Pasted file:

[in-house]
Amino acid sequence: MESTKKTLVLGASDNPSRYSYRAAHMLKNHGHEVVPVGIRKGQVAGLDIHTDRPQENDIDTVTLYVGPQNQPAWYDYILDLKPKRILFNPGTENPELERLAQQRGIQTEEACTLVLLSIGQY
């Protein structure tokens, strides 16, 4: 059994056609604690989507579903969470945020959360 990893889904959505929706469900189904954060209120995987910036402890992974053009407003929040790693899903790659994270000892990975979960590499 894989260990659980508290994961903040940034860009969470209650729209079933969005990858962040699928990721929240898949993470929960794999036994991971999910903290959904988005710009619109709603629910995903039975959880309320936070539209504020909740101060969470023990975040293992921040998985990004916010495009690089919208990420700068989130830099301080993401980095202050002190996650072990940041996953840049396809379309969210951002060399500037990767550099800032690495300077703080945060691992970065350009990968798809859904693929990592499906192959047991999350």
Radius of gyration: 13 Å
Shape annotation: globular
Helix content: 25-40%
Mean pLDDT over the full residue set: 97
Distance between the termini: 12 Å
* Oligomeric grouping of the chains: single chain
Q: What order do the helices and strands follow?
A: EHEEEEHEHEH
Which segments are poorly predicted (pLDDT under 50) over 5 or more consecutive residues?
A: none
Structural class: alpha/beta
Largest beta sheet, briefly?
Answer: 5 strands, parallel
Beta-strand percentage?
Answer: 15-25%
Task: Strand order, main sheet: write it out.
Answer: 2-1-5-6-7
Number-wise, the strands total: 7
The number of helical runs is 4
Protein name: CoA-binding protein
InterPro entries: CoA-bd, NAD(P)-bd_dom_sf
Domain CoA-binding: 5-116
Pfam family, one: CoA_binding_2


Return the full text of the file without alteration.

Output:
[in-house]
Amino acid sequence: MESTKKTLVLGASDNPSRYSYRAAHMLKNHGHEVVPVGIRKGQVAGLDIHTDRPQENDIDTVTLYVGPQNQPAWYDYILDLKPKRILFNPGTENPELERLAQQRGIQTEEACTLVLLSIGQY
């Protein structure tokens, strides 16, 4: 059994056609604690989507579903969470945020959360 990893889904959505929706469900189904954060209120995987910036402890992974053009407003929040790693899903790659994270000892990975979960590499 894989260990659980508290994961903040940034860009969470209650729209079933969005990858962040699928990721929240898949993470929960794999036994991971999910903290959904988005710009619109709603629910995903039975959880309320936070539209504020909740101060969470023990975040293992921040998985990004916010495009690089919208990420700068989130830099301080993401980095202050002190996650072990940041996953840049396809379309969210951002060399500037990767550099800032690495300077703080945060691992970065350009990968798809859904693929990592499906192959047991999350």
Radius of gyration: 13 Å
Shape annotation: globular
Helix content: 25-40%
Mean pLDDT over the full residue set: 97
Distance between the termini: 12 Å
* Oligomeric grouping of the chains: single chain
Q: What order do the helices and strands follow?
A: EHEEEEHEHEH
Which segments are poorly predicted (pLDDT under 50) over 5 or more consecutive residues?
A: none
Structural class: alpha/beta
Largest beta sheet, briefly?
Answer: 5 strands, parallel
Beta-strand percentage?
Answer: 15-25%
Task: Strand order, main sheet: write it out.
Answer: 2-1-5-6-7
Number-wise, the strands total: 7
The number of helical runs is 4
Protein name: CoA-binding protein
InterPro entries: CoA-bd, NAD(P)-bd_dom_sf
Domain CoA-binding: 5-116
Pfam family, one: CoA_binding_2